Idea of Manipur and elusive consensus

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Finally, the all-party delegation met Union Home Minister Rajnath Singh amidst strong protests in front of Manipur Bhavan, Delhi by both proponents and antagonists of the three Bills passed by the Manipur Legislative Assembly on August 31 last year. The Home Minister made it clear that there is no harm in enacting legislation for protection of the indigenous people of Manipur provided there is a consensus among all the communities. We think the trickiest part lies on bringing a consensus as far as the three Bills or any legislation for protection of the indigenous people is concerned. Any attempt to bring a consensus on any political issue always evokes a question on the idea of Manipur and its indigenous people. Introspecting into the very idea of Manipur would demand critical analysis of the Kuki worldview, Naga worldview and the Meitei worldview. Primarily the three Bills are meant to provide a constitutional safeguard to all the indigenous people of the land but the Bills are being opposed by two major indigenous communities of the land. When any individual or group of people could not identify themselves as the indigenous people of Manipur, the very idea of protection of indigenous people becomes an anathema to the particular group. Of all the factors fuelling inter-community rivalry and distrust, the absence of a comprehensive Manipuri identity is the biggest challenge. When one cannot identify himself or herself as a Manipuri, anything that is beneficial to Manipur can be seen as a disadvantage. After one group of people struggled for months to enact legislation for protection of indigenous people, other groups have been demanding withdrawal or rejection of the same Bills. This is the paradox embedded within the varied concepts and understandings of Manipur and anything that is indigenous to the land.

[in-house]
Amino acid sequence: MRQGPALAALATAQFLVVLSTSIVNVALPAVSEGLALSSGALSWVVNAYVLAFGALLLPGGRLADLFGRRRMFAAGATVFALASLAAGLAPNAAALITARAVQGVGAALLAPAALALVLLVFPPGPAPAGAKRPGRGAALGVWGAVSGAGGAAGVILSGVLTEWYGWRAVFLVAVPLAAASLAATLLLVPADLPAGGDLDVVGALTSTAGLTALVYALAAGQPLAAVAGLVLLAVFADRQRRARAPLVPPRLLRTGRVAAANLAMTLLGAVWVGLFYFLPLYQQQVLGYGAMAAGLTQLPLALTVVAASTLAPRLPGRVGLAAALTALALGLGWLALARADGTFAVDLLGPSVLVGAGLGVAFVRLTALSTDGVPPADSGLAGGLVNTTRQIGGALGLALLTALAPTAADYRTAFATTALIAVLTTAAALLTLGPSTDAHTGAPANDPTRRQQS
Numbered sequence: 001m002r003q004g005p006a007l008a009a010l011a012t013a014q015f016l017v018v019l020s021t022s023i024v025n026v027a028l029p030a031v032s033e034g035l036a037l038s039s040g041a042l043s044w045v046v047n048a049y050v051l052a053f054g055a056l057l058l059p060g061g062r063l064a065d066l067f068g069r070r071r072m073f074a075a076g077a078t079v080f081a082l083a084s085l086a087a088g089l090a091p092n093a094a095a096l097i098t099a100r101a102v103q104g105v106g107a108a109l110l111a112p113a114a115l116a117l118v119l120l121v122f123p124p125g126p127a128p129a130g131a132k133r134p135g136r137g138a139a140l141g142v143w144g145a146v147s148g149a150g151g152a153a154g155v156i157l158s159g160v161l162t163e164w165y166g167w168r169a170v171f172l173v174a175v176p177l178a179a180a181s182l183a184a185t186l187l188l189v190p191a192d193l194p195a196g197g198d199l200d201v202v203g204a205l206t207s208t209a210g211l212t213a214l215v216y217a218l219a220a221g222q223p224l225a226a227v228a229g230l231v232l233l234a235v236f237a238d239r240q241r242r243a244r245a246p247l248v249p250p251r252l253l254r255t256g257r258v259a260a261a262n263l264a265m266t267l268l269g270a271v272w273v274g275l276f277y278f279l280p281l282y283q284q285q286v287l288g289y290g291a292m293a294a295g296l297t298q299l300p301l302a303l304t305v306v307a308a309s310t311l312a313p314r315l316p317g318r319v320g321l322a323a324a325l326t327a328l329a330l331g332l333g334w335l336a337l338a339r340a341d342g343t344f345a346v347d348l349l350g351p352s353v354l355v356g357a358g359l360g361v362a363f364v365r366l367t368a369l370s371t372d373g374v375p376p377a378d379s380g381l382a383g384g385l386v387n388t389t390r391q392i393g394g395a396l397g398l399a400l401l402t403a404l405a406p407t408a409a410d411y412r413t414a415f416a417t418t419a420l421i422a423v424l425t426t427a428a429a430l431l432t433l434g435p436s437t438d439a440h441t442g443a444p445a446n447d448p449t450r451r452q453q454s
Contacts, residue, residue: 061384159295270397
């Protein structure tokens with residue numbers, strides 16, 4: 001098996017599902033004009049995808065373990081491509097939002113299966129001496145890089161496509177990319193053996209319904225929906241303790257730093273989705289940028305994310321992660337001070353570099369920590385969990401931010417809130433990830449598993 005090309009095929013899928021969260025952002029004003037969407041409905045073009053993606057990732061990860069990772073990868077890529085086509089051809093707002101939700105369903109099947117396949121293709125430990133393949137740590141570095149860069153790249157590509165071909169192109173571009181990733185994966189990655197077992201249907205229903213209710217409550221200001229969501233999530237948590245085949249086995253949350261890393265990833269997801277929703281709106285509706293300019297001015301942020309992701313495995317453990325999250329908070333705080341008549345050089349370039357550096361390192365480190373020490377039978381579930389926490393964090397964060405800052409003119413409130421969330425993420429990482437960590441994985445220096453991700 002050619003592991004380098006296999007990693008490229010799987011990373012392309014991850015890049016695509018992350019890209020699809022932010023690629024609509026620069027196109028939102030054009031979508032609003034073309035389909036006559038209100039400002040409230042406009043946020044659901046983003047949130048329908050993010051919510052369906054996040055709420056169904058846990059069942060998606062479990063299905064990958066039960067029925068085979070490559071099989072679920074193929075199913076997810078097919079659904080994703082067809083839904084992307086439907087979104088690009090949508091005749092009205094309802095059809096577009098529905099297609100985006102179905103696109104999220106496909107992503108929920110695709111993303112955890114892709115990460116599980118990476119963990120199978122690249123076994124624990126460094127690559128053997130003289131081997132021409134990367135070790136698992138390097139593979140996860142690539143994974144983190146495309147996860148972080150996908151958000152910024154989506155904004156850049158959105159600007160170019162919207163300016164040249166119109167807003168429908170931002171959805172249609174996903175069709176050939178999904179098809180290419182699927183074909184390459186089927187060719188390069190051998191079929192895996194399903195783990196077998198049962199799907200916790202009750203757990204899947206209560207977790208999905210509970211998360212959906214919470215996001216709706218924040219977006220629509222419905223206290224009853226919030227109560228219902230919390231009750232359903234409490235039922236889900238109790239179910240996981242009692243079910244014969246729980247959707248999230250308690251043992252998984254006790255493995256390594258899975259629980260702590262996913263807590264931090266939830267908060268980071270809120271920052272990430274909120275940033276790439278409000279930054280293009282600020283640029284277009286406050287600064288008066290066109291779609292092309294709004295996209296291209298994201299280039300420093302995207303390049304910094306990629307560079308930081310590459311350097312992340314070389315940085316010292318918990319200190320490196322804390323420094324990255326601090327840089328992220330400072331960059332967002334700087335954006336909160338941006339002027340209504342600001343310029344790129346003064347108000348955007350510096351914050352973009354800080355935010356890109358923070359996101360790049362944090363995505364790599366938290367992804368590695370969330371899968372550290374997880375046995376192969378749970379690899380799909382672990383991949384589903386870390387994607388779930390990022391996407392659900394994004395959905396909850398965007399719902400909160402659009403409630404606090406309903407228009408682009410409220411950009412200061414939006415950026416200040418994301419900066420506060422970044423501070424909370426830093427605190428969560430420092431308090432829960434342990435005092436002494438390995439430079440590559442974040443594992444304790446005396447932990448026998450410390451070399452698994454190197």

Whereas Manipur was/is a plural society where different communities have been living together since ages, ethnic nationalism which is of very recent origin, more precisely after the merger of Manipur into the Indian Union, has already taken a heavy toll on the pluralistic character of the society. Any political agenda put up or pursued by one group is always suspected and often opposed by the other groups and vice-versa. We are afraid, if this is exactly the case with the three Bills which have now become a bone of contention. This is no longer a secret that all these groups have territorial aspirations and all of them want to have the lion’s share of the pie called Manipur. This is the larger picture and the root cause of the internal political conflicts which have been challenging the very idea of a pluralistic Manipur. Until and unless, these conflicts are resolved to the satisfaction of all parties, consensus, we fear, will always elude any political agenda raised by any group. Now the most important Bill namely the Protection of Manipur People Bill 2015 has been literally rejected by the Government of India. Still New Delhi is open to the idea of enacting a new legislation provided there is consensus. The champions and antagonists of the three Bills must talk directly, thrash out their differences if possible and if not, they should at least come to a negotiated settlement. The pluralistic character of Manipuri society should be taken into account while working out any solution and for any solution to be durable, it must be comprehensive enough.

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